• More than I could ever show in a blog post.  I want our kids to be successful.  I want them to walk away life-long learners.  I want THEM to care.

And now Vicki’s Double Dare: Show your administrator. 
I did.  As soon as I became aware of the video, I invited him to watch it in my office.  He agreed with what he saw (having a college-aged daughter helps him to).  He is all about changing our landscape to fit the needs of students of today.  Lucky me.   Seriously.

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Grading the Electronically Submitted Essay

As an English teacher, I always wanted ways to limit the papers I had to lug around. It can be a mess, and at times I had a fear of losing what my students had spent (hopefully) many hours creating. I longed for the electronic submission days, but I always wondered how to find an easy and effective way to grade these and return them electronically with my notations.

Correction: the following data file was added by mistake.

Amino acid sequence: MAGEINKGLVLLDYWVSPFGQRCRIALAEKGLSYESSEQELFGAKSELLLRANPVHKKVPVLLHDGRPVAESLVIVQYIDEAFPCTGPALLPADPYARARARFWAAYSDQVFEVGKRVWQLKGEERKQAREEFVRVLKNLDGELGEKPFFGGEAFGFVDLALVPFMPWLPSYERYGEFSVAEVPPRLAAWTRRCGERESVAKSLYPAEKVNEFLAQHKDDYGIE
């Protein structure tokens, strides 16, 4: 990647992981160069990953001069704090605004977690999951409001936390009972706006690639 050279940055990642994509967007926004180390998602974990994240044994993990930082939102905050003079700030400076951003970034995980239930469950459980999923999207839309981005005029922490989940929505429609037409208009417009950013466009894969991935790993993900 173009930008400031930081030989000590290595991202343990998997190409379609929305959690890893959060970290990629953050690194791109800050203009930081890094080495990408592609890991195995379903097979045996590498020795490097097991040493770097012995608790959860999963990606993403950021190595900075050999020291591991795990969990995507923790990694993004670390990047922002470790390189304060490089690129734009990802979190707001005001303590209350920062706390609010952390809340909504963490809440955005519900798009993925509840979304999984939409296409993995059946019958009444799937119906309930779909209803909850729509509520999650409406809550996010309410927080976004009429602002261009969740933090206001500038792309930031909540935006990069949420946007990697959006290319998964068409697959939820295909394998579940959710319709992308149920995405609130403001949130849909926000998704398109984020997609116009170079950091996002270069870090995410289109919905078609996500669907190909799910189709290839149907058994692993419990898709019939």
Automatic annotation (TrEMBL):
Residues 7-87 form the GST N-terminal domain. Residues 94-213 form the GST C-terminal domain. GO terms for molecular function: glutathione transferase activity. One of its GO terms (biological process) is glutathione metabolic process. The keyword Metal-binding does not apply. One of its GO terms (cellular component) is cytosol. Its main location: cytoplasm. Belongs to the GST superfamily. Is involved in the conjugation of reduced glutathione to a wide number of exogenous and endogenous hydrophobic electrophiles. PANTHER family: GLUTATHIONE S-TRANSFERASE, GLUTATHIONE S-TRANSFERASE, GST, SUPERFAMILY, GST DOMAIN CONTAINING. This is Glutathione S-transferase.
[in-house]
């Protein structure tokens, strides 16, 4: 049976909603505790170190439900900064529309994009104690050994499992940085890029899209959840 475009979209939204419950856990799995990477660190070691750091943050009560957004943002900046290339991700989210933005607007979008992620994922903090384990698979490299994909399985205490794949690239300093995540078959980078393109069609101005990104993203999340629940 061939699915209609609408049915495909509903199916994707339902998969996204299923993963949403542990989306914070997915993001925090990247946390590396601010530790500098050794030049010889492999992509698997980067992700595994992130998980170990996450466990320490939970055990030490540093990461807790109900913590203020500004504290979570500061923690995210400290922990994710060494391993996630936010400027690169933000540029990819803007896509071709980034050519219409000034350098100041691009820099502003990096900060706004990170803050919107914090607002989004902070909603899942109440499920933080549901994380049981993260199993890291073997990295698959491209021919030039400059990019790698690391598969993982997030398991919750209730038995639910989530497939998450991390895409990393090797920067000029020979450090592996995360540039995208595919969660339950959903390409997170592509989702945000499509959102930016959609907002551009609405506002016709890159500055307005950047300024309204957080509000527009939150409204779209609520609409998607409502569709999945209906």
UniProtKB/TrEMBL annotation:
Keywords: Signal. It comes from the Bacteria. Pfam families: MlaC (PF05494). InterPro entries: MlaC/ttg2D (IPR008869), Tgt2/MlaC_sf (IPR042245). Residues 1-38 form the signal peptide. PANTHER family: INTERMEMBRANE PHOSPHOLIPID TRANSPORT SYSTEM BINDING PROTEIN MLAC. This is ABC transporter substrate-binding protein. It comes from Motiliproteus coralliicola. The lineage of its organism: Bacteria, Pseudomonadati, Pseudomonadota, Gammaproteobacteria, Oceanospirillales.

Well, in steps a blog post from The Visual Lounge. This blog is mostly about making screencasts of different things, but the one that caught my eye concerns Alisa Cooper, an English professor at Maricopa Community College. Alisa takes you through the steps of creating a custom grading toolbar to add to your Word toolbar area. It is a great little tool. As usual, there will be a little bit of time needed to start with, but once it is in place, it is ready to go for every paper you grade.

So take a look at the screencast here and take a shot at making your own. Have your kids submit their essays electronically to you one time. Assess them using your new toolbar and send them back to them. I view this as more of a conference stage than maybe a final draft grading, but you can decide what works best for you. Let me know how it goes.

And if you are interested in making your own screencasts like Alisa, shoot me an email or a comment below. I’ll see what I can come up with for you.

photo credits